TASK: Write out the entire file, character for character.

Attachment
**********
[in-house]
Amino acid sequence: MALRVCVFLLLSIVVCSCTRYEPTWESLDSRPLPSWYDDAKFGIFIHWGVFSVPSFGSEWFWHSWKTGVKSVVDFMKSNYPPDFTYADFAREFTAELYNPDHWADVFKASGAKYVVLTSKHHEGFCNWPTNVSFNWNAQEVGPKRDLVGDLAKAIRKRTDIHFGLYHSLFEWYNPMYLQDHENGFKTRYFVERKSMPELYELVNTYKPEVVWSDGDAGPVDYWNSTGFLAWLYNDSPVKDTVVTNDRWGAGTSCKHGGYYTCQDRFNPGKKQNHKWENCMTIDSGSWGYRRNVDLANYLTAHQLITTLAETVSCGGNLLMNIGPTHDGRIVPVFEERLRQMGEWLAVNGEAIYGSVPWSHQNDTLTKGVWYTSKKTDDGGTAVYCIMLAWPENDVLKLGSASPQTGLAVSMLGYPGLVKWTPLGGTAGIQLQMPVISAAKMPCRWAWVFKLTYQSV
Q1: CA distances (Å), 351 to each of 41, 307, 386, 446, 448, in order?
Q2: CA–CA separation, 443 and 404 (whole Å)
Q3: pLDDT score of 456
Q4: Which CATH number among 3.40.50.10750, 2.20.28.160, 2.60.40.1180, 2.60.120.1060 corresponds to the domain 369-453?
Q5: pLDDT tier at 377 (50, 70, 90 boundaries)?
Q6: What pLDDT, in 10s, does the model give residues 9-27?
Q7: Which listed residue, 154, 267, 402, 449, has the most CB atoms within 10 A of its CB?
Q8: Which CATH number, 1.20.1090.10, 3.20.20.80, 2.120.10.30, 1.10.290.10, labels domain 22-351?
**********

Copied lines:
[in-house]
Amino acid sequence: MALRVCVFLLLSIVVCSCTRYEPTWESLDSRPLPSWYDDAKFGIFIHWGVFSVPSFGSEWFWHSWKTGVKSVVDFMKSNYPPDFTYADFAREFTAELYNPDHWADVFKASGAKYVVLTSKHHEGFCNWPTNVSFNWNAQEVGPKRDLVGDLAKAIRKRTDIHFGLYHSLFEWYNPMYLQDHENGFKTRYFVERKSMPELYELVNTYKPEVVWSDGDAGPVDYWNSTGFLAWLYNDSPVKDTVVTNDRWGAGTSCKHGGYYTCQDRFNPGKKQNHKWENCMTIDSGSWGYRRNVDLANYLTAHQLITTLAETVSCGGNLLMNIGPTHDGRIVPVFEERLRQMGEWLAVNGEAIYGSVPWSHQNDTLTKGVWYTSKKTDDGGTAVYCIMLAWPENDVLKLGSASPQTGLAVSMLGYPGLVKWTPLGGTAGIQLQMPVISAAKMPCRWAWVFKLTYQSV
Q1: CA distances (Å), 351 to each of 41, 307, 386, 446, 448, in order?
Q2: CA–CA separation, 443 and 404 (whole Å)
Q3: pLDDT score of 456
Q4: Which CATH number among 3.40.50.10750, 2.20.28.160, 2.60.40.1180, 2.60.120.1060 corresponds to the domain 369-453?
Q5: pLDDT tier at 377 (50, 70, 90 boundaries)?
Q6: What pLDDT, in 10s, does the model give residues 9-27?
Q7: Which listed residue, 154, 267, 402, 449, has the most CB atoms within 10 A of its CB?
Q8: Which CATH number, 1.20.1090.10, 3.20.20.80, 2.120.10.30, 1.10.290.10, labels domain 22-351?